Can the Lock Poker Malaise Get Any Deeper?

Can the Lock Poker Malaise Get Any Deeper?

lock-poker-logoSo much to say about the crisis of confidence that continues to engulf Lock Poker, so little time.


Cashing any money out of Lock continues to be a massive problem for U.S. players and non-U.S. players (so called “ROW” players) alike. Reports of cancelled transfers or transfers that are pending for six months or more continue to dominate. One player was told by a support rep this week that U.S. players receive checks within 6-8 weeks of a cashout request. When he pressed the rep about reports of several-month delays, the rep replied, “We are trying to process the withdraws [sic] in time, however due to the manual work involved, sometimes it can take just a bit more time. I can ensure that none of our customers missed their withdraws [sic].”

That statement is patently inaccurate. U.S. customers have been missing withdrawals going back as far as December, many of which were cancelled by the site two weeks ago under the guise of a shadowy cabal of money launderers and affiliate scammers. One can only guess what kind of “manual work” is involved with processing a cashout request, other than confirming that the player balance covers the cashout request and that the site has sufficient funds on hand to honor the request.

Confusion reigns on the P2P transfer front as well. Support emails and live chat representatives continue to provide players with conflicting statements about Lock’s new P2P transfer policy almost daily.

One player was told on Tuesday that “player to player transfers are not eligible for cash outs.” Yesterday Lock Support told a different player that, “Player to player transfers are intended for play on the site and not for the express purpose of withdrawing them. This is to protect the site against fraud and money laundering. All requested cashouts of winnings from a transfer would be reviewed on a case by case basis by the security team.”

In short, nobody seems to be certain what the current P2P transfer policy is, least of all Lock employees themselves. Last night, Lock PR man Shane Bridges posted on TwoPlusTwo that Lock is considering “all the feedback seeking a clearer policy on the cashing out of P2P transfers. … We are carefully reviewing this policy as it stands right now…” Yet when pressed for a clear statement of “the policy as it stands right now”, Bridges disappeared from the thread.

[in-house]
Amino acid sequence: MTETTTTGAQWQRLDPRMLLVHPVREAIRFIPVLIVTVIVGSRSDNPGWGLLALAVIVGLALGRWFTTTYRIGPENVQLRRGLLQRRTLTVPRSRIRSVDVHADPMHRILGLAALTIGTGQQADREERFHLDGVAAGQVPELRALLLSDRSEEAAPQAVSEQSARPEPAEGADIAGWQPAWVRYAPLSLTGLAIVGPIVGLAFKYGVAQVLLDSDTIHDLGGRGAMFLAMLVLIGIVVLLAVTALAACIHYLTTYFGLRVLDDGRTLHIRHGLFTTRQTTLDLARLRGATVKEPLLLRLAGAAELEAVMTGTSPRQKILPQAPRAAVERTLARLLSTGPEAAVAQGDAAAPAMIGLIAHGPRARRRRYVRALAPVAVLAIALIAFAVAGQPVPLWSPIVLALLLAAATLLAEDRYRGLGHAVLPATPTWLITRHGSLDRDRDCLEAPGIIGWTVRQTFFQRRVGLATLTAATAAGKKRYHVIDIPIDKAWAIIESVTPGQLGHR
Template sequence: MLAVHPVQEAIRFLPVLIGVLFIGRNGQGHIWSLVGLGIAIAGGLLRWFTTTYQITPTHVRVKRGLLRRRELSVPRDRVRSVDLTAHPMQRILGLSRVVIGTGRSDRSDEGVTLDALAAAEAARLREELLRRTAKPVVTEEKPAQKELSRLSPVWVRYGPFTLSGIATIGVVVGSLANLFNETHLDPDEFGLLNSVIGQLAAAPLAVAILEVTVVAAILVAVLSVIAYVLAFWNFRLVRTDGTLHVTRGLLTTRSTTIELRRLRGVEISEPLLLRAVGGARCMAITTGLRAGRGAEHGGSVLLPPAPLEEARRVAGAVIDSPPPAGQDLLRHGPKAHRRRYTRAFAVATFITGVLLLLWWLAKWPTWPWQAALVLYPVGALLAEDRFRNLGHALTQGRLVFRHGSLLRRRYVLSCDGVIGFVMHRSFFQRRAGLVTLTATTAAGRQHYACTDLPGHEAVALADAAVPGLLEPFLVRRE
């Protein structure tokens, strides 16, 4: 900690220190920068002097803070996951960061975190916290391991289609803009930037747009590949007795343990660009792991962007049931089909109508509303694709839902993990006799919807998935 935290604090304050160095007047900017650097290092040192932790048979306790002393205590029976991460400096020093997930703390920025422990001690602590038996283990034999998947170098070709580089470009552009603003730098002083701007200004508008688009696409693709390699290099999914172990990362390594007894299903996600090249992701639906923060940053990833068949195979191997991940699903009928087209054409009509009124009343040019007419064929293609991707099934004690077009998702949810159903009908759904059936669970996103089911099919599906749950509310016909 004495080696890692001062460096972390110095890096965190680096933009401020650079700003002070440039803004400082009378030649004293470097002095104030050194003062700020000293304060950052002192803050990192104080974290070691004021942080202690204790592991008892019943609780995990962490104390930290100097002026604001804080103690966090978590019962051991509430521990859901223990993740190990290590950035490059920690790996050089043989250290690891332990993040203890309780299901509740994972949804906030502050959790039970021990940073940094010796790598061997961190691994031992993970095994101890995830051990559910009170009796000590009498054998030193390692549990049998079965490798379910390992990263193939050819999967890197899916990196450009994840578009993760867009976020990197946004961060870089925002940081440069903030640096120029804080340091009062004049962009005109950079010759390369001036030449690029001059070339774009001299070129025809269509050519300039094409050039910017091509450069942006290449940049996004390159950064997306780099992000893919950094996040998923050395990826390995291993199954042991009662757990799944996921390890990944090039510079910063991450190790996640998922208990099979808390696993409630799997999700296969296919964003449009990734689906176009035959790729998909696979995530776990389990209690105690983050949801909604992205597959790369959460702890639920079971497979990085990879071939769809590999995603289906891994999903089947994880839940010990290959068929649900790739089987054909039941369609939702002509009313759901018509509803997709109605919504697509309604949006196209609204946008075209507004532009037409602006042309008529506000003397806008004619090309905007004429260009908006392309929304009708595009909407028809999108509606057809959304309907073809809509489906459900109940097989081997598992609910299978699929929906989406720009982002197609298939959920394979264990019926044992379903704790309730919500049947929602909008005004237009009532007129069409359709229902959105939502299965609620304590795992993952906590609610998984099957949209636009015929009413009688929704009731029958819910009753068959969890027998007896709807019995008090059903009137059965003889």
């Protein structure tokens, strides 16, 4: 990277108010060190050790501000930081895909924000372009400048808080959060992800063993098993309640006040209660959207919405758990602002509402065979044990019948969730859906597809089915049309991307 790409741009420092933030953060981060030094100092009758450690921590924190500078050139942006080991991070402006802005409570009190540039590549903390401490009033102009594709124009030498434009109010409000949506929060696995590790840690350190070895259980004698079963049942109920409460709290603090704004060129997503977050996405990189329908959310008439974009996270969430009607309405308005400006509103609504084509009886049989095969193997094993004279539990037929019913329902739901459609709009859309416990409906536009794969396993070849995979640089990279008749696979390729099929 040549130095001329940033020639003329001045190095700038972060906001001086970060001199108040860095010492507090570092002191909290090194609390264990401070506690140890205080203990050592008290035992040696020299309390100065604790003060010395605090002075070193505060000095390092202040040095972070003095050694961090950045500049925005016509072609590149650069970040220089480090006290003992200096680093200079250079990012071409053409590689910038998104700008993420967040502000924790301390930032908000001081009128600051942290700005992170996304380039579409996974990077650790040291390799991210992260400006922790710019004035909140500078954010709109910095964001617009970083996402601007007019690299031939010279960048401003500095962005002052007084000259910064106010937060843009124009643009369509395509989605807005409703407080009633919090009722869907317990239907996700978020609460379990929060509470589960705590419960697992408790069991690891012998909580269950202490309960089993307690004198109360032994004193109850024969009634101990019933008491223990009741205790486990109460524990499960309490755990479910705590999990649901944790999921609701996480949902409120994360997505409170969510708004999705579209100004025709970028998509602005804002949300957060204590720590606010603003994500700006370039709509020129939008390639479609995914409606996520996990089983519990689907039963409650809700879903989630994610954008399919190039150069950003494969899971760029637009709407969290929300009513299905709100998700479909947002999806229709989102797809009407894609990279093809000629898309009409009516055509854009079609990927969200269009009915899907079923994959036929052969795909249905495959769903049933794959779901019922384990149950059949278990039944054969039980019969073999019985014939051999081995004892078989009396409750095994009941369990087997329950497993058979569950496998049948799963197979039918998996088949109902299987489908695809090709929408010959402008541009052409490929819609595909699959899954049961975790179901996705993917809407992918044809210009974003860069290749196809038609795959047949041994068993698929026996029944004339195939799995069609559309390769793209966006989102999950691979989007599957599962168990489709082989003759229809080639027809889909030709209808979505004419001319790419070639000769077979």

Bridges’ continuing immolation is also fanning the flames of disaster at Lock. Last week Bridges ended the week by trying to convince TwoPlusTwo forum posters that Lock did not host a lavish retreat in Portugal for Lock’s sponsored players, the Lock Pros. He failed miserably in that regard when word of the retreat leaked over the weekend from the Lock Pros themselves.

Bridges started this week by saying that he would only be posting in a support function going forward and would not answer any policy questions or conjecture. Nonetheless, he rose to the bait put to him by Todd Witteles, who asked why Bridges lied about last week’s retreat.

Bridges’ reply was straight out of the Slick Willy playbook: “I was careful not to lie, your information was factually incorrect. I didnt deny any Lock team members were in Portugal, I was under a media blackout and unable to confirm it and merely pointed out that your information wasn’t factual.”

Whatever the merits of Bridges’ response, that a paid PR person for Lock Poker would engage in this kind of verbal slicing-and-dicing speaks volumes about the company’s poor attitude towards its customers.